Evan's Coast Guard doubts merger
THE Evans Head flotilla of the Australian Volunteer Coast Guard is being forced to merge its services into the newly-formed Marine Rescue NSW organisation, but local members are not happy.
At a regular meeting tonight, Northern NSW Squadron Commander Peter Campton will add-ress the merger issue and help to alleviate fears members still have about the forced amalgamation.
But Evans Head flotilla commander John Frankham said there were serious concerns about aspects of the merger, particularly with regard to money held by individual flotillas.
Mr Frankham said the most worrying aspect of the merger was the req-uirement by the NSWGovernment to sign over all money held by individual flotillas.
Mr Campton said there was an understanding that Marine Rescue NSW would not touch thatmoney, and that it would remain under the control of individual flotillas.
But Mr Frankham said members had yet to be convinced.
Evans Head flotilla member Phil Wernicke said the greatest concern was the loss of more than 40 years’ local experience gained through the vol-unteer efforts of the Northern NSW Squadron, an organisation ini-tially started by Evans Head founding member Ron Doyle.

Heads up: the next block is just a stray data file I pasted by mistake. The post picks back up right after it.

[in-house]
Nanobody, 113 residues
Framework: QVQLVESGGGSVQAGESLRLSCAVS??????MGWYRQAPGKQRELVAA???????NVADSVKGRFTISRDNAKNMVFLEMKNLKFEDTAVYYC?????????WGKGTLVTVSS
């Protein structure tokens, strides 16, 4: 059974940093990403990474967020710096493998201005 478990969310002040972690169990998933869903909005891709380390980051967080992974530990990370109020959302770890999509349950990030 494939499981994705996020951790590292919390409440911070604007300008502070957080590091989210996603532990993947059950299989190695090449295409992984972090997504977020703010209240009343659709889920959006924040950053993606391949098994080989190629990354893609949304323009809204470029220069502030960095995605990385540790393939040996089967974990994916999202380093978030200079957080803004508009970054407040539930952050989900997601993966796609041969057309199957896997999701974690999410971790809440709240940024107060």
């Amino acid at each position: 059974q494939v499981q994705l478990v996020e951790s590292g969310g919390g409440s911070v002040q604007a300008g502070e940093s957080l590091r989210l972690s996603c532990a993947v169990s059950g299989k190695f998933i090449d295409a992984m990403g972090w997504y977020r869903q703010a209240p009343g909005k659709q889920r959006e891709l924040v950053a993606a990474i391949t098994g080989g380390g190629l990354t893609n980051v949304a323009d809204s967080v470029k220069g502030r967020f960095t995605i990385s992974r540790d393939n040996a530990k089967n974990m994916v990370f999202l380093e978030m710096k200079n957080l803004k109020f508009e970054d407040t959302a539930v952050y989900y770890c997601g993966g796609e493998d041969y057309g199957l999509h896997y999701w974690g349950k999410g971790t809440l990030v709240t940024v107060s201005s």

Mr Wernicke said the Australian Volunteer Coast Guard had a nat-ionally-recognised training program which would be adopted by Marine Rescue NSW.
He quoted National Commodore Ray Campbell as saying the well-developed organisation had 5000 members among 69 flotillas with 113 vessels that last year rescued 5000 people in 3000 boats and responded to 250,000 radio calls.
“Why change it?” he said.
Squadron commander Campton said he emphasised to Evans Head members that he had 23 years’ experience in the coast guard.
“I have a fair bit of loyalty to the organisation,” he said. “But the State Government has left us no choice but to join Marine Rescue NSW.”
Mr Campton said the move would reduce duplication of administration and costs associated with having three different marine rescue organisations in the State.